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WSP Releases Injury Statistics for Speed-Related Accidents

Updated on: 2/15/2019

The Washington State Patrol (WSP) issued a news release Tuesday that highlighted the general risks of injury and death related to speeding in Washington state.

Noting data published by the National Highway Traffic Administration (NHTSA), the WSP believes that speeding is the leading cause of fatalities in auto collisions in the state and is working to spread awareness about these risks as an incentive to be more cautious about speeding. Speeding still remains one of the leading causes of deaths in motor vehicle collisions, according to the WSP.

In 2012, 437 people died in car accidents throughout the state of Washington, while 159 of those fatalities involved speeding. Unfortunately from a nationwide perspective, one third of fatalities in traffic accidents throughout the U.S. are speed-related – nearly identical to the rate in the state of Washington.

"Speeding deaths are entirely preventable," said WSP Chief John R. Batiste. "They result from the decision to speed. That decision creates risk for not only the speeding driver, but everyone else on the road with them."

"Speed causes some collisions, and makes others worse," Batiste added. "It turns what should be fender-benders into fatal (accidents).”

More Statistics from Speed-Related Accidents

The NHTSA published the alarming results of a recently-held survey with a group of drivers. Participants generally agreed they would benefit from slowing down while driving, but 91% of the group in the study also admitted to speeding without even knowing it.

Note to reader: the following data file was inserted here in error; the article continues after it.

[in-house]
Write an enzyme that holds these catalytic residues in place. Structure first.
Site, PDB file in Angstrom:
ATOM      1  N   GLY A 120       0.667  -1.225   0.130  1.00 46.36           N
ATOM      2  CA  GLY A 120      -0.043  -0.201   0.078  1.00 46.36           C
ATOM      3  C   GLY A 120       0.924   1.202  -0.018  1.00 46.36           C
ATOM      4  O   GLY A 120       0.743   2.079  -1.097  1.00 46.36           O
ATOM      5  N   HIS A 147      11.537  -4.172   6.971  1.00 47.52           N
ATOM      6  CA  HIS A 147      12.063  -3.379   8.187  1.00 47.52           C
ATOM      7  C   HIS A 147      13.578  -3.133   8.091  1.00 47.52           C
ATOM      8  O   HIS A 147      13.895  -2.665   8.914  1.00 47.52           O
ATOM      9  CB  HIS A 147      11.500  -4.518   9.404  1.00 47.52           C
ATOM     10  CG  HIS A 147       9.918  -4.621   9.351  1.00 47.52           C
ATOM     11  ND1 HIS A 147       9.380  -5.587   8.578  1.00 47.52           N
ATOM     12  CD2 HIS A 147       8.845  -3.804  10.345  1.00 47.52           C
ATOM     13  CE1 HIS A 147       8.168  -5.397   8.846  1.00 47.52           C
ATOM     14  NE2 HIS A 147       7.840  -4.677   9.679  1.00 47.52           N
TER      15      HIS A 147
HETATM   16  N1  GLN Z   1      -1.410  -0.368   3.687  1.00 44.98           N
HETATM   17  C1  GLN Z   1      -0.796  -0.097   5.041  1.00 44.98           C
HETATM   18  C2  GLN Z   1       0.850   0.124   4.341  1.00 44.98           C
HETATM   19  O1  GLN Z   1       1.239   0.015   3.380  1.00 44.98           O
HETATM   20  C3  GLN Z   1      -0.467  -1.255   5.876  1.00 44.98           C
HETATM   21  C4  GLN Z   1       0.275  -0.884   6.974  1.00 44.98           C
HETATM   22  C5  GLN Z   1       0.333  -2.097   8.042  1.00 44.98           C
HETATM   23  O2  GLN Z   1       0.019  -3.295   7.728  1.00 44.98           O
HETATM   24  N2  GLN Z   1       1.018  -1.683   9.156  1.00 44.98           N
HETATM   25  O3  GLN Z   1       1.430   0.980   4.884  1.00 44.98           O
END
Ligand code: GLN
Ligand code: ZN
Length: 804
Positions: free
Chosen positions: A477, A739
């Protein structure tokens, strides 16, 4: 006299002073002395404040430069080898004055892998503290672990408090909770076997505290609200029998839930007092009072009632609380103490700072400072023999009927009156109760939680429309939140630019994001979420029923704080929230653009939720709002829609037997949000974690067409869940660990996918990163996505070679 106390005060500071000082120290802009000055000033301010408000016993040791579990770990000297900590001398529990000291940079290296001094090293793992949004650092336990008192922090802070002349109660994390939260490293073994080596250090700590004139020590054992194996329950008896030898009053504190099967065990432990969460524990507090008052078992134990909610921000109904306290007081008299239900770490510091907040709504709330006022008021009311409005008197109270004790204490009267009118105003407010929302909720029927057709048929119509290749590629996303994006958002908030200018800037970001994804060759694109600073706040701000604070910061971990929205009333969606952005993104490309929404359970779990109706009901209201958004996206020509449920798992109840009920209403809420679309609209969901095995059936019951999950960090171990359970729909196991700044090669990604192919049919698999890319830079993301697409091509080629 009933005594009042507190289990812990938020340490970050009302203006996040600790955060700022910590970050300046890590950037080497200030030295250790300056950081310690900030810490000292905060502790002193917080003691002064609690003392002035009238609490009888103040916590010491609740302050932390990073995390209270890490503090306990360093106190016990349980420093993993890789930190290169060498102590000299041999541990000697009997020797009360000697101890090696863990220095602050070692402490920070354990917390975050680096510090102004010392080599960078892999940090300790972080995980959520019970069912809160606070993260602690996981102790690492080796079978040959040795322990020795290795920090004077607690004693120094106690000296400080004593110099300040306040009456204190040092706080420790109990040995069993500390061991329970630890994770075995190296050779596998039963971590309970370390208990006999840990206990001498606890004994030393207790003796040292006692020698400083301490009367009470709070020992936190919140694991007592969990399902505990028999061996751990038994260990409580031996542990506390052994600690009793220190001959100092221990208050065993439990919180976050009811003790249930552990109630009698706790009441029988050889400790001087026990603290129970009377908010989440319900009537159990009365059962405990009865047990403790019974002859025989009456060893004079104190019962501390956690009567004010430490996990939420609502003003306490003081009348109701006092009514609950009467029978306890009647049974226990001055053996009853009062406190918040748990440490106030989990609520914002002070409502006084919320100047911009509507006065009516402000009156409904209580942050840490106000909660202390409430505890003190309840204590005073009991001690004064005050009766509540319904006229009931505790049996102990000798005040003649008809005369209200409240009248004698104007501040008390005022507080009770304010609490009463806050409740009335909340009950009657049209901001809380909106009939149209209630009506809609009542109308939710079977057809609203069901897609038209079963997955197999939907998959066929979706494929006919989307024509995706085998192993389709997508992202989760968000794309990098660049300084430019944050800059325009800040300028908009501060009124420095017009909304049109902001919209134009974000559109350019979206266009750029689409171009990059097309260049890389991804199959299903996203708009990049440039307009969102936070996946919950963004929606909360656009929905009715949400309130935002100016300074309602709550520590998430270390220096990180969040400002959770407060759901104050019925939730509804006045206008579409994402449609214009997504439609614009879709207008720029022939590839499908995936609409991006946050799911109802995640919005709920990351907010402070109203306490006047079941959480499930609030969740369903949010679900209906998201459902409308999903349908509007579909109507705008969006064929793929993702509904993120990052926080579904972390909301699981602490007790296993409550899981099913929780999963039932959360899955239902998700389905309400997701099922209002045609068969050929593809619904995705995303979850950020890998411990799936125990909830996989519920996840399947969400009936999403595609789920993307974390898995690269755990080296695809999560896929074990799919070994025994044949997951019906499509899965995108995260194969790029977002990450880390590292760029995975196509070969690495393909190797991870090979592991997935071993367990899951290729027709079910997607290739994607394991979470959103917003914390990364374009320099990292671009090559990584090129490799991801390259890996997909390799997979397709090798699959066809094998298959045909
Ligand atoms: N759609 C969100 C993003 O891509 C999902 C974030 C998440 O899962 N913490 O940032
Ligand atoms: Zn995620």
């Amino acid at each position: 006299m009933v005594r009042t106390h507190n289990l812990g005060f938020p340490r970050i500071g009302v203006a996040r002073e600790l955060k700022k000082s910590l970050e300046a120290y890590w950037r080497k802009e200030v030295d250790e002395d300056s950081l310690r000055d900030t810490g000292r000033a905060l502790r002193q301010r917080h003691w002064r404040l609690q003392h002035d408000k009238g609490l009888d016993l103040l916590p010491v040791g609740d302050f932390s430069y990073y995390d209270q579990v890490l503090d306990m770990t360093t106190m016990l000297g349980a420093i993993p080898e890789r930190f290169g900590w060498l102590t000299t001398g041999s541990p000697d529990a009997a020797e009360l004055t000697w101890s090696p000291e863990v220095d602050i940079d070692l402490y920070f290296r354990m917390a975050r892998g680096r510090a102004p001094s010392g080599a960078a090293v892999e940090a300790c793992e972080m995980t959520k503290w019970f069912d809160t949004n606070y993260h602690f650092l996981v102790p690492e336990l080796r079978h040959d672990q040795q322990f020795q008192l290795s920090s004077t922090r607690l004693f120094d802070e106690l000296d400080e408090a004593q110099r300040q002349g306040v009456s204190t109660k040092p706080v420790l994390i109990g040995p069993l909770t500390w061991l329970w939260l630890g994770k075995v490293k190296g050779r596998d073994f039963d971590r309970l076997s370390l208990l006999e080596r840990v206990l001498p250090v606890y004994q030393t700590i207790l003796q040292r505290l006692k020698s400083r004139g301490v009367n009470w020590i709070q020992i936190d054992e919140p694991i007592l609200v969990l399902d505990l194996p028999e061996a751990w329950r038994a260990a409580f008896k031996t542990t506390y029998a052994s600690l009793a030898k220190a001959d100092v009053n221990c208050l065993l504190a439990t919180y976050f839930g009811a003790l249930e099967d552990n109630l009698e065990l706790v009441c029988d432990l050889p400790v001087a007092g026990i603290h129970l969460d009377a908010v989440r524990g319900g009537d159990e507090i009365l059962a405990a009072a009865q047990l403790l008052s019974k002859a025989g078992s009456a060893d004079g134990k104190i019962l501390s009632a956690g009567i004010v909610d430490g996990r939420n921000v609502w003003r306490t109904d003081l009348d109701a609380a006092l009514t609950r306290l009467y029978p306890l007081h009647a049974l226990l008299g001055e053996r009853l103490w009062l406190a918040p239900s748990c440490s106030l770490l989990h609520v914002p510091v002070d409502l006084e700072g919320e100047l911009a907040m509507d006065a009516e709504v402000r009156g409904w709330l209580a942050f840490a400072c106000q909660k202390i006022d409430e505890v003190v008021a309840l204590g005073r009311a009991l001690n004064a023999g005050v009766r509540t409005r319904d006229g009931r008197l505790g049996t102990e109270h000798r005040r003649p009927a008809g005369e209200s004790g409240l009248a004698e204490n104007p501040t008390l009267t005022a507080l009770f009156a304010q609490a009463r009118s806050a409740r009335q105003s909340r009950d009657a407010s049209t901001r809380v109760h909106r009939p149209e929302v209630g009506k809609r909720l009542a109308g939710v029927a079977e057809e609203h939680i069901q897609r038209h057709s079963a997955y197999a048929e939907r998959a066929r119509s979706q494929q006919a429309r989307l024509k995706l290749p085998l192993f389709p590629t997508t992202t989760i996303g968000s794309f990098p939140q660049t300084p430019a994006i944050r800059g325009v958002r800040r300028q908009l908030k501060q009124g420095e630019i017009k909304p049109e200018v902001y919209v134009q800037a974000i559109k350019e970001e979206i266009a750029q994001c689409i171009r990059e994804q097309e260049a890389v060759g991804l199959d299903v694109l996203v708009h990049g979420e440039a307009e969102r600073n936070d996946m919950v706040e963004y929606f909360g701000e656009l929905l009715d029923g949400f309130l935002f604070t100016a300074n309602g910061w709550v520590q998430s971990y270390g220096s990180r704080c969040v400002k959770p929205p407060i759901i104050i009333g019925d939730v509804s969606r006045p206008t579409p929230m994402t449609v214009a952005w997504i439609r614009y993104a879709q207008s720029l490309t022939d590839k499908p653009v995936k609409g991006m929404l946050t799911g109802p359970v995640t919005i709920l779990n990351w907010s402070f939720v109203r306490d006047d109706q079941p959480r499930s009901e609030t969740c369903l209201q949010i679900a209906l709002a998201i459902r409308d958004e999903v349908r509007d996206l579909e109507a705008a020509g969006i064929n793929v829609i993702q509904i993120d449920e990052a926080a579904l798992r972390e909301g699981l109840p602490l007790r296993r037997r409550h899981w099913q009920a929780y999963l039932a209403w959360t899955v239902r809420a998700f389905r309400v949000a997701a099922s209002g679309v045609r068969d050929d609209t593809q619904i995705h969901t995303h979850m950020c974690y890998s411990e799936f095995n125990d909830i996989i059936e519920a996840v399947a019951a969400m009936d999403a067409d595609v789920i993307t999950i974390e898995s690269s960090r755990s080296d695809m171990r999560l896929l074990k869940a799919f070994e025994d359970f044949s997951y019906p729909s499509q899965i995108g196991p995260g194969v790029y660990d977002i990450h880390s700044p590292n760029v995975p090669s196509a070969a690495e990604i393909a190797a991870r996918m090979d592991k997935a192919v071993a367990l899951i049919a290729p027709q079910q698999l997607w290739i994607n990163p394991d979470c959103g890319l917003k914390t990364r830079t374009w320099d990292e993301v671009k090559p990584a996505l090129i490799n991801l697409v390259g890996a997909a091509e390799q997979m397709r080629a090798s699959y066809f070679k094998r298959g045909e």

Most drivers that speed do it subconsciously, the study’s authors determined, and often blame being in a hurry as an excuse for the offense. Most participants stated that the primary reason for their speeding was being late to an appointment or other event.

Speaking about the results of the study, U.S. Transportation Secretary Anthony Foxx said, "We all have places we need to go, but it's never the right decision to put ourselves, our families, and others in harm's way to get there faster."

As practical advice for drivers, leaving ten to fifteen minutes earlier than usual could significantly reduce the chances of an auto collision. In general, people should plan ahead and be prepared for traffic and be more aware of their surrounds to lessen the likelihood of a collision.

"Just leave earlier," Chief Batiste said. "There’s no point in arriving at a play, or ball game, or other fun event all stressed out from traffic. If you speed, you put yourself at risk of not arriving at all."

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